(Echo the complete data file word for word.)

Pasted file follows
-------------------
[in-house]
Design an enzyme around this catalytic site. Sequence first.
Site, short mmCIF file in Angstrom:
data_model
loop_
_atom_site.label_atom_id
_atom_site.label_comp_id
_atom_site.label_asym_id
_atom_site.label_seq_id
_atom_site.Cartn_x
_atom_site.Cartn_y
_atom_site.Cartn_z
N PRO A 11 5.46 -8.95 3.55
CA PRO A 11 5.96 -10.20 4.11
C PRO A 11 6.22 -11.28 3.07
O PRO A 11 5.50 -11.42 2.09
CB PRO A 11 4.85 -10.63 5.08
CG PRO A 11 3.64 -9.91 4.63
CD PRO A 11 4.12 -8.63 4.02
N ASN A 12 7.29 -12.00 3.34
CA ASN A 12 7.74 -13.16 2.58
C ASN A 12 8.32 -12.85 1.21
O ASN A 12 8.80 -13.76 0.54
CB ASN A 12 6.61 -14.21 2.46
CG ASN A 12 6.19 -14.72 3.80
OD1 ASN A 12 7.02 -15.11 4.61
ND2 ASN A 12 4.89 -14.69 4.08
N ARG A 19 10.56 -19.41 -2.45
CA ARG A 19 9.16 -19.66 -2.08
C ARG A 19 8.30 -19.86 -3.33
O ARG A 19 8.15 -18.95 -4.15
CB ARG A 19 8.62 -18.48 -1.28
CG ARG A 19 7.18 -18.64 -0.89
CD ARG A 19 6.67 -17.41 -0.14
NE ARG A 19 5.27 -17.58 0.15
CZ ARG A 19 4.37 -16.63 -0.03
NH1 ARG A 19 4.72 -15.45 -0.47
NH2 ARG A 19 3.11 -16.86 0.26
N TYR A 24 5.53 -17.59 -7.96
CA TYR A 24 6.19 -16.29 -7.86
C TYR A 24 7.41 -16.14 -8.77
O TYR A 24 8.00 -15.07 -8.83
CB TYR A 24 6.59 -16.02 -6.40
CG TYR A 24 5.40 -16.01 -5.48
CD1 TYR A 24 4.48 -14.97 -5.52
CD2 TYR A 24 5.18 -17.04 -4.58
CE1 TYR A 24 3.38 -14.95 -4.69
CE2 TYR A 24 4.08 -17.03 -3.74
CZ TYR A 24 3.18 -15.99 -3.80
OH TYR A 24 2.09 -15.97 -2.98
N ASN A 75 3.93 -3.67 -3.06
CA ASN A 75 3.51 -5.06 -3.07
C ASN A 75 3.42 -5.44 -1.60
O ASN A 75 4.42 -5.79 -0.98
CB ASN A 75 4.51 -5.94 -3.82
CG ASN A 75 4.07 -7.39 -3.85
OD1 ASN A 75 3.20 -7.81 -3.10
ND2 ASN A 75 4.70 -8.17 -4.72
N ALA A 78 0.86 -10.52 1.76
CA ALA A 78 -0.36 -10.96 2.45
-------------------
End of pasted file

[in-house]
Design an enzyme around this catalytic site. Sequence first.
Site, short mmCIF file in Angstrom:
data_model
loop_
_atom_site.label_atom_id
_atom_site.label_comp_id
_atom_site.label_asym_id
_atom_site.label_seq_id
_atom_site.Cartn_x
_atom_site.Cartn_y
_atom_site.Cartn_z
N PRO A 11 5.46 -8.95 3.55
CA PRO A 11 5.96 -10.20 4.11
C PRO A 11 6.22 -11.28 3.07
O PRO A 11 5.50 -11.42 2.09
CB PRO A 11 4.85 -10.63 5.08
CG PRO A 11 3.64 -9.91 4.63
CD PRO A 11 4.12 -8.63 4.02
N ASN A 12 7.29 -12.00 3.34
CA ASN A 12 7.74 -13.16 2.58
C ASN A 12 8.32 -12.85 1.21
O ASN A 12 8.80 -13.76 0.54
CB ASN A 12 6.61 -14.21 2.46
CG ASN A 12 6.19 -14.72 3.80
OD1 ASN A 12 7.02 -15.11 4.61
ND2 ASN A 12 4.89 -14.69 4.08
N ARG A 19 10.56 -19.41 -2.45
CA ARG A 19 9.16 -19.66 -2.08
C ARG A 19 8.30 -19.86 -3.33
O ARG A 19 8.15 -18.95 -4.15
CB ARG A 19 8.62 -18.48 -1.28
CG ARG A 19 7.18 -18.64 -0.89
CD ARG A 19 6.67 -17.41 -0.14
NE ARG A 19 5.27 -17.58 0.15
CZ ARG A 19 4.37 -16.63 -0.03
NH1 ARG A 19 4.72 -15.45 -0.47
NH2 ARG A 19 3.11 -16.86 0.26
N TYR A 24 5.53 -17.59 -7.96
CA TYR A 24 6.19 -16.29 -7.86
C TYR A 24 7.41 -16.14 -8.77
O TYR A 24 8.00 -15.07 -8.83
CB TYR A 24 6.59 -16.02 -6.40
CG TYR A 24 5.40 -16.01 -5.48
CD1 TYR A 24 4.48 -14.97 -5.52
CD2 TYR A 24 5.18 -17.04 -4.58
CE1 TYR A 24 3.38 -14.95 -4.69
CE2 TYR A 24 4.08 -17.03 -3.74
CZ TYR A 24 3.18 -15.99 -3.80
OH TYR A 24 2.09 -15.97 -2.98
N ASN A 75 3.93 -3.67 -3.06
CA ASN A 75 3.51 -5.06 -3.07
C ASN A 75 3.42 -5.44 -1.60
O ASN A 75 4.42 -5.79 -0.98
CB ASN A 75 4.51 -5.94 -3.82
CG ASN A 75 4.07 -7.39 -3.85
OD1 ASN A 75 3.20 -7.81 -3.10
ND2 ASN A 75 4.70 -8.17 -4.72
N ALA A 78 0.86 -10.52 1.76
CA ALA A 78 -0.36 -10.96 2.45